## Prime number needs

### Prime number needs

There is a binary test called PRIME? on the WP34S (yes, the old one). It works fine there since "the method is believed to work for integers up to 9E18" as stated in its manual. I checked with DBLON and found primes at 9'000'000'000'000'000'053, ...157, ...191, ...317, etc. up to 9'223'372'036'854'775'783. The latter is the maximum prime found by the WP34S.

For the WP43S we've implemented a procedure working up to 3'317'044'064'679'887'385'961'981. This means almost 6 orders of magnitude more than the WP34S covers. Does anybody need even greater primes? If yes, how great and what for?

For the WP43S we've implemented a procedure working up to 3'317'044'064'679'887'385'961'981. This means almost 6 orders of magnitude more than the WP34S covers. Does anybody need even greater primes? If yes, how great and what for?

DM42 SN: 00041 --- Follower of Platon.

HP-35, HP-45, ..., HP-50, WP 34S, WP 31S, DM16L

HP-35, HP-45, ..., HP-50, WP 34S, WP 31S, DM16L

### Re: Prime number needs

LOL. No one needs any primes at all. I think the question you intend to ask is: "Does anybody whimsically desire even greater primes?" To which the answer will almost certainly be yes. I look forward to reading the uses and justification.

Keep it up team 43S!

--bob p

DM42: β00071 & 00282, DM41X: β00071, DM10L: 071/100

DM42: β00071 & 00282, DM41X: β00071, DM10L: 071/100

### Re: Prime number needs

They hide in the bushes and don't dare showing up

DM42 SN: 00041 --- Follower of Platon.

HP-35, HP-45, ..., HP-50, WP 34S, WP 31S, DM16L

HP-35, HP-45, ..., HP-50, WP 34S, WP 31S, DM16L

### Re: Prime number needs

I want to set a new Guinness World Record. You asked...

DM42 #40 running WP43C | DM41X #50

The earth is flat. It just appears round because it is massive and curves spacetime.

The earth is flat. It just appears round because it is massive and curves spacetime.

### Re: Prime number needs

Declined for lack of use and justificationH2X wrote: ↑Tue Mar 17, 2020 4:26 pmI want to set a new Guinness World Record. You asked...

DM42 SN: 00041 --- Follower of Platon.

HP-35, HP-45, ..., HP-50, WP 34S, WP 31S, DM16L

HP-35, HP-45, ..., HP-50, WP 34S, WP 31S, DM16L

### Re: Prime number needs

I use far larger primes in my day job.

The 34S limits it prime testing to 2⁶³ from memory due to a problem in my implementation of the test.

Pauli

The 34S limits it prime testing to 2⁶³ from memory due to a problem in my implementation of the test.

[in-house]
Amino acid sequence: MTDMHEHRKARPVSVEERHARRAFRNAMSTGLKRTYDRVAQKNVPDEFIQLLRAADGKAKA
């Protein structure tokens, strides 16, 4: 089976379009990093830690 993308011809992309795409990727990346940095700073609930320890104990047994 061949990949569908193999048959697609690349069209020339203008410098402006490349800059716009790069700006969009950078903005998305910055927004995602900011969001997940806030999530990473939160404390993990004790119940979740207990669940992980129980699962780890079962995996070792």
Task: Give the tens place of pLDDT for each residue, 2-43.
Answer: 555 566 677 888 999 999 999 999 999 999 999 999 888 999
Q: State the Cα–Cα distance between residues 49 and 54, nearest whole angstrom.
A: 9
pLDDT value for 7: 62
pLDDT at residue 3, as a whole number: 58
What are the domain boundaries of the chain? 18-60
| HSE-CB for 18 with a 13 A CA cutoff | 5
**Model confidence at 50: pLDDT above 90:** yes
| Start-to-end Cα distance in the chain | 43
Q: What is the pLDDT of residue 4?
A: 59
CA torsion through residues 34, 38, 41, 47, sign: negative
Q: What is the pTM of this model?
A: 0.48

Pauli

### Re: Prime number needs

1. How far is far?? (Good grief, we're talking about numbers here, aren't we? )

2. The actual limit of the 34S is found above - no need for stressing memory.

DM42 SN: 00041 --- Follower of Platon.

HP-35, HP-45, ..., HP-50, WP 34S, WP 31S, DM16L

HP-35, HP-45, ..., HP-50, WP 34S, WP 31S, DM16L

### Re: Prime number needs

Interesting! To the extent that you can, plz tell us what they are used for. Presumably some form of encryption, but it would be really interesting to find out if they are useful in other applications.

--bob p

DM42: β00071 & 00282, DM41X: β00071, DM10L: 071/100

DM42: β00071 & 00282, DM41X: β00071, DM10L: 071/100

### Re: Prime number needs

Beyond cryptographic applications, we're looking forward to whoever can name another use of great primes ("great" as specified above).

DM42 SN: 00041 --- Follower of Platon.

HP-35, HP-45, ..., HP-50, WP 34S, WP 31S, DM16L

HP-35, HP-45, ..., HP-50, WP 34S, WP 31S, DM16L

- Mark Hardman
**Posts:**100**Joined:**Wed May 03, 2017 1:26 am**Location:**Houston, TX

### Re: Prime number needs

From the Wikipedia article on the Mersenne Twister pseudo-random number generator:

The most commonly used version of the Mersenne Twister algorithm is based on the Mersenne prime 2^(19937)−1.

It also appears that large primes are used for the Lehmer random number generator:

Mersenne primes 2^31−1 and 2^61−1 are popular, as are 2^32−5 and 2^64−59

Though these four primes fall far short of the "great" categorization.

The most commonly used version of the Mersenne Twister algorithm is based on the Mersenne prime 2^(19937)−1.

It also appears that large primes are used for the Lehmer random number generator:

Mersenne primes 2^31−1 and 2^61−1 are popular, as are 2^32−5 and 2^64−59

Though these four primes fall far short of the "great" categorization.

DM42: β00043, β00065, 00357

DM41X: β00054

DM41X: β00054